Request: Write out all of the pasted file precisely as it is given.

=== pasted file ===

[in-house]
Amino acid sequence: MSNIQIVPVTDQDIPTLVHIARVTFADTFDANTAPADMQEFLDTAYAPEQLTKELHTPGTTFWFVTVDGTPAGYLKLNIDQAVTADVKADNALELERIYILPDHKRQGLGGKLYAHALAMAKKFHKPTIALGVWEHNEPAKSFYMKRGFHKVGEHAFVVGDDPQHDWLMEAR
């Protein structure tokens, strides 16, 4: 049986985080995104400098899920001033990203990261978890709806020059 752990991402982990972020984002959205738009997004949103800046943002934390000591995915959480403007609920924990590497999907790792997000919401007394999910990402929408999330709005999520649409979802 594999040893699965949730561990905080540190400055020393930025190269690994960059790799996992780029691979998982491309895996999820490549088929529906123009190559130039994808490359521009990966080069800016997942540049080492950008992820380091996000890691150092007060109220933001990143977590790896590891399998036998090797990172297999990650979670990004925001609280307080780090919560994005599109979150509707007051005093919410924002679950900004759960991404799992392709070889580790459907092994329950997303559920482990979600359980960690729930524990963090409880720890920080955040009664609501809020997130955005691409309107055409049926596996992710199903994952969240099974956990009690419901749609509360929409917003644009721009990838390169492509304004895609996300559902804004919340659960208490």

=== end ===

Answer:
[in-house]
Amino acid sequence: MSNIQIVPVTDQDIPTLVHIARVTFADTFDANTAPADMQEFLDTAYAPEQLTKELHTPGTTFWFVTVDGTPAGYLKLNIDQAVTADVKADNALELERIYILPDHKRQGLGGKLYAHALAMAKKFHKPTIALGVWEHNEPAKSFYMKRGFHKVGEHAFVVGDDPQHDWLMEAR
């Protein structure tokens, strides 16, 4: 049986985080995104400098899920001033990203990261978890709806020059 752990991402982990972020984002959205738009997004949103800046943002934390000591995915959480403007609920924990590497999907790792997000919401007394999910990402929408999330709005999520649409979802 594999040893699965949730561990905080540190400055020393930025190269690994960059790799996992780029691979998982491309895996999820490549088929529906123009190559130039994808490359521009990966080069800016997942540049080492950008992820380091996000890691150092007060109220933001990143977590790896590891399998036998090797990172297999990650979670990004925001609280307080780090919560994005599109979150509707007051005093919410924002679950900004759960991404799992392709070889580790459907092994329950997303559920482990979600359980960690729930524990963090409880720890920080955040009664609501809020997130955005691409309107055409049926596996992710199903994952969240099974956990009690419901749609509360929409917003644009721009990838390169492509304004895609996300559902804004919340659960208490």